Scientists Are Trying Desperately to Save a Starving Orca. Will Their Efforts Pay Off?

Scarlet, or J50 swimming.
Scarlet is a wild, 3-year-old orca (Orcinus orca) in poor health, but scientists are trying to save her. (Image credit: Katy Foster/NOAA Fisheries permit #18786)

A specialized response team in northwest Washington made a valiant attempt last weekend to save a starving young killer whale (Orcinus orca) named Scarlet, or J50.

On Sunday (Aug. 12), fishers with the Lummi Nation, a Native American tribe in the state, assisted researchers by releasing eight hatchery-raised, live salmon from their boat, about 75 to 150 yards (69 to 137 meters) in front of Scarlet. Observers watched Scarlet dive down toward the fish, but from their view, they couldn't confirm whether she ate the fish. The researchers also observed Scarlet socializing with members of her pod occasionally, though she frequently fell behind when swimming in strong currents — signs of her poor condition.

Scarlet is a 3-year-old female (born in December 2014) who is part of the J pod, one of three small groups of orcas within the endangered Southern Resident killer whale subpopulation. The J pod also includes J35, or Tahlequah, a female whose calf died a half-hour after it was born on July 24. Biologists watched the grieving mother carry her dead calf around for 1,000 miles (1,600 kilometers) for 17 days. [In Photos: Response Teams Try to Save Starving Killer Whale]

As biologists were tracking Tahlequah, they also started paying close attention to Scarlet. "She has always been small for her age, but researchers over the last few months have noticed increased emaciation," Jim Milbury, a spokesman for the National Oceanic and Atmospheric Administration (NOAA), said during a press call Monday (Aug. 13).

But before scientists could decide how to help Scarlet, the orca and her pod had traveled offshore into open water, which meant they were out of the reach of response teams for a couple of days. In that time, biologists, fishers and concerned citizens worked together to develop two plans, Live Science previously reported — first, to administer antibiotics to Scarlet with a dart, and second, to feed her live salmon served from a boat. Both plans would be logistically challenging and require calm ocean conditions and a clear path to Scarlet.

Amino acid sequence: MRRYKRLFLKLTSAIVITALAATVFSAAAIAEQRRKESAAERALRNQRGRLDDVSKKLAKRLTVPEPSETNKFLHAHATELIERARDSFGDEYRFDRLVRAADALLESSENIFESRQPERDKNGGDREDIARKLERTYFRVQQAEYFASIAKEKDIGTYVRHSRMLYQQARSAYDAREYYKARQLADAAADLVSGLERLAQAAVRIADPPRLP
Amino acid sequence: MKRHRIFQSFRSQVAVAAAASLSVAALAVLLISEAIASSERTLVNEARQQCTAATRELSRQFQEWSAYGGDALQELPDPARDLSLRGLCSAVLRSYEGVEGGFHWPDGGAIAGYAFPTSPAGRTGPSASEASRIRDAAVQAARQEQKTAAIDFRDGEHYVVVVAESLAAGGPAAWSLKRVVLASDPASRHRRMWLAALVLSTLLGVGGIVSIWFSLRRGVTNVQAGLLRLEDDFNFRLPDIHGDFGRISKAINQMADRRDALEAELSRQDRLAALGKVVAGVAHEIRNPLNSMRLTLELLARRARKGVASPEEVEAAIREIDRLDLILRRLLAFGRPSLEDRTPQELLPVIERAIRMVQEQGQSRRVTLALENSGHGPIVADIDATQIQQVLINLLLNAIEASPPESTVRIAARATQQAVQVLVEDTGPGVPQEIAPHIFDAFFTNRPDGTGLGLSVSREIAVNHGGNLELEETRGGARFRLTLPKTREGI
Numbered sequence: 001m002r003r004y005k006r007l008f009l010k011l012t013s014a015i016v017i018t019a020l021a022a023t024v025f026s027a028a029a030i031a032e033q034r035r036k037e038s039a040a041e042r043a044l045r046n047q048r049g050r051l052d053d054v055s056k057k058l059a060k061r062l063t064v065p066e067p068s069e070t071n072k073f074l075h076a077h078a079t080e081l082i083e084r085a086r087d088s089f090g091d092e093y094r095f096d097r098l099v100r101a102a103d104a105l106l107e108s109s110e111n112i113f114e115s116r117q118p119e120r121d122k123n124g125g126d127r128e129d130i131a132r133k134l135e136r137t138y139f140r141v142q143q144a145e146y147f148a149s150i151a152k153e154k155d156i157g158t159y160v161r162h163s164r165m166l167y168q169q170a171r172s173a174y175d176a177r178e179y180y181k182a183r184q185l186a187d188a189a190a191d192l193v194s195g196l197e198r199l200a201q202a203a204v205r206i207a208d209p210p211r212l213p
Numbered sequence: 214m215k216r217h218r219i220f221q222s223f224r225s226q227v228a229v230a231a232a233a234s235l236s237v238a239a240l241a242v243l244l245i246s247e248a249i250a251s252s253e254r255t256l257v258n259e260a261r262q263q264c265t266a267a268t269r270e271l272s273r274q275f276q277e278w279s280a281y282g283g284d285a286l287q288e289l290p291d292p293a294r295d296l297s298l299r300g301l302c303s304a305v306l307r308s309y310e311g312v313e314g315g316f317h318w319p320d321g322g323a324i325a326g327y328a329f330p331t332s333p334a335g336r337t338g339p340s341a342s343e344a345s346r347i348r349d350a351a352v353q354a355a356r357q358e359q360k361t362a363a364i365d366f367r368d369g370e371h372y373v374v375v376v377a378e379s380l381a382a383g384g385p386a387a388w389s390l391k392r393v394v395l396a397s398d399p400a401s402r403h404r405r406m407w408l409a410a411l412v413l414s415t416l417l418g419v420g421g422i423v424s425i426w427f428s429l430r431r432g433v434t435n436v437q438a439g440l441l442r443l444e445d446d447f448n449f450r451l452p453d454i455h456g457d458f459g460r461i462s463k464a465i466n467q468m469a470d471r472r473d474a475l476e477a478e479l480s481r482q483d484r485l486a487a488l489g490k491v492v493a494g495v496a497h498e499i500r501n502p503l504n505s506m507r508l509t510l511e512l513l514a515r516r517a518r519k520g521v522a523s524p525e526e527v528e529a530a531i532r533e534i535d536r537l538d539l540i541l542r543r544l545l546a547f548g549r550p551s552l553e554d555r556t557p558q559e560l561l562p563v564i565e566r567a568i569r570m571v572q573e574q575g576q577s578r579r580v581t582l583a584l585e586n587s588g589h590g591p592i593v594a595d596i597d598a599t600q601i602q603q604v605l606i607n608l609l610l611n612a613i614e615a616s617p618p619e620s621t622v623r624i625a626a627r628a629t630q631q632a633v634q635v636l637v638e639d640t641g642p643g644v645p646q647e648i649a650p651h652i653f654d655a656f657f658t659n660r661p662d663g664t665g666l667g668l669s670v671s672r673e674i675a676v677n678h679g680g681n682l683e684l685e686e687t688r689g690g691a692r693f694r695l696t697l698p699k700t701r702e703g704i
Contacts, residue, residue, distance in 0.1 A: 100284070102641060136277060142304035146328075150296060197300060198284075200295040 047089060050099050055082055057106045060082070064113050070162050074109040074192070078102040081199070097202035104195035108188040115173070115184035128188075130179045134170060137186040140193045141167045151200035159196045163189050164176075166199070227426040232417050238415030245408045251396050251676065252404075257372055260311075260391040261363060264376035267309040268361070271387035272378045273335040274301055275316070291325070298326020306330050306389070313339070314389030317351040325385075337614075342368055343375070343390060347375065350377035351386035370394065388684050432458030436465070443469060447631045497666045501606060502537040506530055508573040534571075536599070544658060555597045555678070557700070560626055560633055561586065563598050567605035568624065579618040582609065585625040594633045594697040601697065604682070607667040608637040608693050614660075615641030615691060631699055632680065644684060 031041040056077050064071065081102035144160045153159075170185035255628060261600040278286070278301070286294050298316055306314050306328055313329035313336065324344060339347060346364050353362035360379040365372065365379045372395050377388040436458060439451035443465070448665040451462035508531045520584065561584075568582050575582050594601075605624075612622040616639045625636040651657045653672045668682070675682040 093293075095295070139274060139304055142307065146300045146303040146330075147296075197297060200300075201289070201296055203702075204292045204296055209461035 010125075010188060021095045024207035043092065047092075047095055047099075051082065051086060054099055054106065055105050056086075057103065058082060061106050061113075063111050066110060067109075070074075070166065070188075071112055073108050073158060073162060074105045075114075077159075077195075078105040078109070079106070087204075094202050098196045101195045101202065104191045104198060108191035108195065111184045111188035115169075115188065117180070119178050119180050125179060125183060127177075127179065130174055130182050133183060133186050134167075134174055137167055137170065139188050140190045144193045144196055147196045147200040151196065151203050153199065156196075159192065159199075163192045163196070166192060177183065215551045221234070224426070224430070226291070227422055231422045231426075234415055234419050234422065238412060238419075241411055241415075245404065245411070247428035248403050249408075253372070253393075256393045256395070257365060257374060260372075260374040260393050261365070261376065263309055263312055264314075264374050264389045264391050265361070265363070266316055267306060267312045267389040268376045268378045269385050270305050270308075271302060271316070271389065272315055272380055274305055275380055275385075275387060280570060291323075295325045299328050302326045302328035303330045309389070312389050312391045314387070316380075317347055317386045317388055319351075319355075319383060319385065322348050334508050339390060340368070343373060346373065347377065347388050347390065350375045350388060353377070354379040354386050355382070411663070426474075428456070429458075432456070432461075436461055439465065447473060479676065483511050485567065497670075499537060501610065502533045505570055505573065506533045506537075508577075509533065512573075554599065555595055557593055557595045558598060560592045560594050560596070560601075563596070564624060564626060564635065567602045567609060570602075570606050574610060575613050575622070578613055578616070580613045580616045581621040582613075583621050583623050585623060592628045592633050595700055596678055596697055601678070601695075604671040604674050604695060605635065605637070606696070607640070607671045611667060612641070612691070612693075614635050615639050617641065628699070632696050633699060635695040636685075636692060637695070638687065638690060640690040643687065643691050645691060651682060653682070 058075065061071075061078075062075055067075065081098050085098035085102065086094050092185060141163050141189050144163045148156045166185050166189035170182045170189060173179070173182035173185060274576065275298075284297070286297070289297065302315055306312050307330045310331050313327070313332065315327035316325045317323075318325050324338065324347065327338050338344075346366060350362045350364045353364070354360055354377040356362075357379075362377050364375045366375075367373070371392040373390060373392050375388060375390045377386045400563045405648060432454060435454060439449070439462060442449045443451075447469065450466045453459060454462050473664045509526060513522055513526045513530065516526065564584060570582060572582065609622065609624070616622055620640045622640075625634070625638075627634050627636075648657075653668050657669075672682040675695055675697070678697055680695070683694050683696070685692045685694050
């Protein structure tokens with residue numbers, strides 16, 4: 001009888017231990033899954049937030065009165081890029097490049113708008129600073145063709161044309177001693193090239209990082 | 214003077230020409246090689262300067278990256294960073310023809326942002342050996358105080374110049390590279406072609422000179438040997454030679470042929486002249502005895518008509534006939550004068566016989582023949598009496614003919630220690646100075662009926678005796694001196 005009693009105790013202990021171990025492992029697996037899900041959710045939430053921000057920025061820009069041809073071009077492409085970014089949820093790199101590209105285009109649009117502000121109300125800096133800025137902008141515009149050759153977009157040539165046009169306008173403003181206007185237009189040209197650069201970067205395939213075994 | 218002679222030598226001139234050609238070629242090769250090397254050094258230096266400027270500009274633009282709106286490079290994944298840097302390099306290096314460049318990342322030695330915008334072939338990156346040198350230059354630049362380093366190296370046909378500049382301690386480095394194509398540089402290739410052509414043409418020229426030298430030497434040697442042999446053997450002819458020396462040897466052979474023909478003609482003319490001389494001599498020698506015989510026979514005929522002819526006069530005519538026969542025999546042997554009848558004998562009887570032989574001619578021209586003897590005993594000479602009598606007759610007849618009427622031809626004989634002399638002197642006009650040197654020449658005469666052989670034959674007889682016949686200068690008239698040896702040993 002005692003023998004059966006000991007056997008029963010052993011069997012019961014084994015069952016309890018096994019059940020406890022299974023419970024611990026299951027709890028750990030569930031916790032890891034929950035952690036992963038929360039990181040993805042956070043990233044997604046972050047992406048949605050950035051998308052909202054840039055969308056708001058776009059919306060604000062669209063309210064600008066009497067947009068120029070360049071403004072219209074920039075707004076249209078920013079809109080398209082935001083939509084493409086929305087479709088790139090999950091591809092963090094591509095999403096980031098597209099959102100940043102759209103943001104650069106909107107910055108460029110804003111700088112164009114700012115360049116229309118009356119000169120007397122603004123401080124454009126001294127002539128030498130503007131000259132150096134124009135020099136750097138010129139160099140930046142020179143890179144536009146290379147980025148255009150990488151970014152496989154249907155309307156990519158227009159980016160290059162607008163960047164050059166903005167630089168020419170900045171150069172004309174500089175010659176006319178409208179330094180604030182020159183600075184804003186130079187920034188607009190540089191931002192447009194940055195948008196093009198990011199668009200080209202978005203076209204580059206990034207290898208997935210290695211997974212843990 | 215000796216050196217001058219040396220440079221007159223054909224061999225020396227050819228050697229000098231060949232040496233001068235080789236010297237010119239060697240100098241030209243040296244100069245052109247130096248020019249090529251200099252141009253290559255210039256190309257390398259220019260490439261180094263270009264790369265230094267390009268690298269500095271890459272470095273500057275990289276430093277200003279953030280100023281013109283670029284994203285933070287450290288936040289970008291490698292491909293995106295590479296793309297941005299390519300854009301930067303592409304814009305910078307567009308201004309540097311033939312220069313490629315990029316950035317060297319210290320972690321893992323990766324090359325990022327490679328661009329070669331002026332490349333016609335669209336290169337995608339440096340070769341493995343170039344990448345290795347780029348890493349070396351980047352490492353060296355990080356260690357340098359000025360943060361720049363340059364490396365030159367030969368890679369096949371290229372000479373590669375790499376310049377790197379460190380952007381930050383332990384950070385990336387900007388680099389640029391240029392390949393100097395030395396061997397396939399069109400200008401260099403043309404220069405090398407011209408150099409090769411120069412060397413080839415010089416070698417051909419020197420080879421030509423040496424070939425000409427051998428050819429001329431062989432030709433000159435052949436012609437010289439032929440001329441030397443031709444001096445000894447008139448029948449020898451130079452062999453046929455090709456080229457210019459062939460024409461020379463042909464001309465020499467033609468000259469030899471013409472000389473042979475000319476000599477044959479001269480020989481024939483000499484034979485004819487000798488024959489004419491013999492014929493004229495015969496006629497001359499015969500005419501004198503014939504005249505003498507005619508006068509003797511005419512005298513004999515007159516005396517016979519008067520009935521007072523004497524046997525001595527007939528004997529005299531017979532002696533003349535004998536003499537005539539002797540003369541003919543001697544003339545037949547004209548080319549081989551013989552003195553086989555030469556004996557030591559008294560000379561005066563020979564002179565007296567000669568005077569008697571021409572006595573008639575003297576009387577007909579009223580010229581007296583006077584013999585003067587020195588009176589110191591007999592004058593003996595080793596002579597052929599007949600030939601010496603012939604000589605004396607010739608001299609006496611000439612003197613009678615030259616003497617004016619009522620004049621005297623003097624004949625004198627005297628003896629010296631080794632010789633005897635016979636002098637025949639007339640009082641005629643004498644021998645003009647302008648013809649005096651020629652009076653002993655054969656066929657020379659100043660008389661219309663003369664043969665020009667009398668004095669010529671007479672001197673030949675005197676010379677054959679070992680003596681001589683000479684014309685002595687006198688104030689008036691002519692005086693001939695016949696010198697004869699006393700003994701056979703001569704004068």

On Aug. 6, Scarlet reappeared with her pod in Canadian waters near the entrance to the Strait of Juan de Fuca, according to NOAA. Boat-bound response teams followed her, monitoring her condition and keeping tabs on her as they prepared for action.

Fortunately, on Aug. 9, the conditions were right for the Vancouver Aquarium's veterinarian and assistants to administer Scarlet an antibiotic through a dart and collect a breath sample, which will help determine if she has an infection, NOAA reported.  

The research teams continued to track Scarlet by boat in the days following the antibiotic injection. They watched her fall behind her pod by as much as half a mile (1 km) when swimming against a strong current. The researchers noticed she wasn't eating, either, even though the salmon were plentiful in the area. The researchers were still very concerned about Scarlet's health and decided to move forward with the feeding experiment.

So, on Sunday, favorable conditions allowed the response teams to try feeding Scarlet live salmon. Fishers from the Lummi Nation launched the live fish from their boat using a tube-shaped slide to direct the fish toward Scarlet, but they couldn't tell if she ate the fish, or even if she saw the food, NOAA reported. 

Now, the researchers are reviewing aerial footage captured by drones, to see if they can determine whether Scarlet actually ate the fish. If it looks like she did, the teams may consider another attempt to feed her — this time, with fish containing antibiotics or medication, depending on what researchers learn from her breath sample.

While the researchers were conducting the feeding experiment, they also collected a fecal sample. But they aren't sure yet if it's from Scarlet, her mom or her sibling, who are also part of the J pod and were in the vicinity of Scarlet at the time of collection. Once analysts determine which orca the sample belongs to, they can use it to test for clues about the animal's health.

As of yesterday (Aug. 14), the J pod was seen heading back out to open water; the response teams are taking stock of what they've learned. For now, teams in the U.S. and Canada are closely watching Scarlet and her pod, and they will continue to take fecal or breath samples whenever conditions allow.

Original article on Live Science.

Kimberly Hickok
Live Science Contributor

Kimberly has a bachelor's degree in marine biology from Texas A&M University, a master's degree in biology from Southeastern Louisiana University and a graduate certificate in science communication from the University of California, Santa Cruz. She is a former reference editor for Live Science and Her work has appeared in Inside Science, News from Science, the San Jose Mercury and others. Her favorite stories include those about animals and obscurities. A Texas native, Kim now lives in a California redwood forest.